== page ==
Today’s Poll

Province takes more actions to strengthen primary care for people

Province of British Columbia
By Province of British Columbia
April 12th, 2024

Patients looking for a family physician or a nurse practitioner will be better supported, as the Province provides an update on the work already underway and introduces new digital tools for providers to improve and speed up the connection process.

“Last year we made a commitment to better connect people with primary care providers, and we’re doing just that,” said Adrian Dix, Minister of Health.

“We said we would get a better understanding of current primary care needs and capacity, and we have. We’ve been working closely with our partners, and for the first time ever, we now know how many providers can take on new patients. This is significant progress that we’ll build on with more actions to keep connecting more people to a family doctor or nurse practitioner.”

On April 17, 2024, the Province will introduce new digital tools within the Provincial Attachment System to better link patients with family physicians and nurse practitioners.

This will significantly speed up the matching and attachment of patients with available primary-care providers.

An expanded team of 70 attachment co-ordinators linked with HealthLink BC will use the new digital tools that will make it faster and easier for them to connect people to a primary-care provider. In the past, this process was done manually.

Patients will be able to receive regular updates and have the option to provide up-to-date information on their health status.

This next step builds from three new registries announced in July 2023 that are now fully developed, as part of the Provincial Attachment System. It will provide better understanding of the capacity and need for primary-care services in B.C., and will help attach more people to primary-care providers.

“Doctors in our province are passionate about ensuring that people in B.C. have access to quality care delivered by their own family physician and are they working hard in all communities to make these essential connections,” said Dr. Ahmer Karimuddin, president, Doctors of BC.

In less than a year, we have worked with the Ministry of Health to significantly increase the number of family physicians, and we are starting to attach patients to family physicians in greater numbers. Enhancements to the system will help us to be more streamlined and efficient so that patients are attached more quickly, while at the same time reducing administrative burden for physicians.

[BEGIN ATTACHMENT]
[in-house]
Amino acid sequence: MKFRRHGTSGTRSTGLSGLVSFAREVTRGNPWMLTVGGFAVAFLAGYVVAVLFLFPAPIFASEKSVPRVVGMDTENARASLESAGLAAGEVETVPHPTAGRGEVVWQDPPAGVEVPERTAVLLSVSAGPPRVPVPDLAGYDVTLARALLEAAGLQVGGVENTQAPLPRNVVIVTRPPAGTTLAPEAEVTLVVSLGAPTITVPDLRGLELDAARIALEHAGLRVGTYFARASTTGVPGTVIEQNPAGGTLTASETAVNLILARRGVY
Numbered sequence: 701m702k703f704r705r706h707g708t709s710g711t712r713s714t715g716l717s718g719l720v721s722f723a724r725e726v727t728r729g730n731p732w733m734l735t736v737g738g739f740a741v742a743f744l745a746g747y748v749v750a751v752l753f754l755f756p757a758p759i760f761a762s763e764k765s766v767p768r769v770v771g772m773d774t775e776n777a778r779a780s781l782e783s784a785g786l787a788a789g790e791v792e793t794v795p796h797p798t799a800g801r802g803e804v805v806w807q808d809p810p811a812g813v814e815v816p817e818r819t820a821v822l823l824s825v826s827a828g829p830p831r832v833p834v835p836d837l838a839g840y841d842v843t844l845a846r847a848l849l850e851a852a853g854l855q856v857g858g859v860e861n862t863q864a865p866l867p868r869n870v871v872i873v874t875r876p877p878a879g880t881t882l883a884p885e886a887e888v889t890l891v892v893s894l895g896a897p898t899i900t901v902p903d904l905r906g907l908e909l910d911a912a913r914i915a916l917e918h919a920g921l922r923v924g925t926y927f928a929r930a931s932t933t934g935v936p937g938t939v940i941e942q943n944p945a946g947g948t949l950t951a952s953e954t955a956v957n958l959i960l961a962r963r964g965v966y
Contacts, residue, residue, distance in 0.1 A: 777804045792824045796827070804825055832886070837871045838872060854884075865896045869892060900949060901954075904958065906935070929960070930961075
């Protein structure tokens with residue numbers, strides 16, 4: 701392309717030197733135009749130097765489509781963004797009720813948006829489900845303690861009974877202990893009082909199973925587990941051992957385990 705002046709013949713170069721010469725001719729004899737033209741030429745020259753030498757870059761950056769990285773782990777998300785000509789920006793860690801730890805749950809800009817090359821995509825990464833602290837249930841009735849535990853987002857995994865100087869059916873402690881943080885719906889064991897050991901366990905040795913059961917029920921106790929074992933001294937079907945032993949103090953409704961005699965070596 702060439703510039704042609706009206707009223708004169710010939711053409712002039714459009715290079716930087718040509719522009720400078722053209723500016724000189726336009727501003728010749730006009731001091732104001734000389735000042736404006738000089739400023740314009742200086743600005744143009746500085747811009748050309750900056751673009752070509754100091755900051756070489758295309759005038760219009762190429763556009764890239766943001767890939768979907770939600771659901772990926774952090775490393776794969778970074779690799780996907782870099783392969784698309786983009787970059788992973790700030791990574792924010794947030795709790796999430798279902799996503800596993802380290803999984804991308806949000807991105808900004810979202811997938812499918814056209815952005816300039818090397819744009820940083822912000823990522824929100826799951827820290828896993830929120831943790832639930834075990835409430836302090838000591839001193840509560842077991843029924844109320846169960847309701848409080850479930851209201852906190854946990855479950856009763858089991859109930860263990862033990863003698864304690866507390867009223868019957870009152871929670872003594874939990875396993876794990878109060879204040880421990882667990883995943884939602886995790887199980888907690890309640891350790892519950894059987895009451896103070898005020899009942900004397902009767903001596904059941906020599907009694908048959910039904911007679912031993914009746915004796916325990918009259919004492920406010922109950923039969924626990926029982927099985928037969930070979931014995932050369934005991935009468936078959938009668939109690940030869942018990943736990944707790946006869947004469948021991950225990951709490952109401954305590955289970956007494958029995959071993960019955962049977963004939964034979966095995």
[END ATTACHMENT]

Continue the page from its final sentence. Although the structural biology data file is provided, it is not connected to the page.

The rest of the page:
“There is still much more work to be done, and we will continue to make improvements based on feedback from physicians, communities and our patients.”

To date, more than 87%, or over 4,500 family physicians and nurse practitioners have provided information on their patient panels. Nearly 1,600 clinics have also provided their information.

Since 2018-19, nearly 410,000 people have been connected in B.C., including nearly 68,000 people attached or close to being attached through the Health Connect Registry. Nearly 310,000 people are currently looking for a primary care provider through the Health Connect Registry.

Through the registries, more than 800 primary care providers have said they can take on around 170,000 new patients.

The Ministry of Health is continuing to work with Doctors of BC, the Nurses and Nurse Practitioners of BC, as well as Divisions of Family Practice and local primary care networks to match patients with available providers.

“Health care is complex and challenging and serving patient needs across a vast province is no easy task,” said Bernice Budz, CEO, Nurses and Nurse Practitioners of BC.

“The Provincial Attachment System brings health-care professionals together to deliver comprehensive and holistic care in a way that benefits both the patient and the provider. At NNPBC, we’re so pleased to work with the Ministry of Health and Doctors of BC to develop a leading-edge suite of tools that support patients connecting to providers based on needs.

“Stronger primary care delivery is achieved when nurses, nurse practitioners and family physicians centre the needs of patients, focusing on how we can positively influence health and wellness in our communities.”

This announcement also builds on the Province’s action plan to strengthen primary care and better connect people to primary care providers, with actions that include:

  • the family physician compensation model to attract and retain family physicians that has more than 4,000 physicians signed ups;
  • the new-to-practice incentive program that has 239 new family physicians, as well as and 236 new nurse practitioners working under active contracts;
  • more support for new team-based primary care in family practice clinics, urgent and primary care centres, community health centres, nurse practitioner clinics and First Nations primary care clinics; and
  • a broader Health Human Resources Strategy to recruit and retain more health professionals to ensure people in B.C. get the health services they need and are cared for by a healthy workforce.

“We are strengthening our primary care system by adding more doctors and nurse practitioners and by better supporting them to ensure they can focus on their patients,” Dix said.

“We’ve made great progress, but we are not stopping there. We will continue to build our capacity and build more primary-care clinics in communities throughout B.C. to support our growing population today and for the years to come.”

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Categories: GeneralHealthPolitics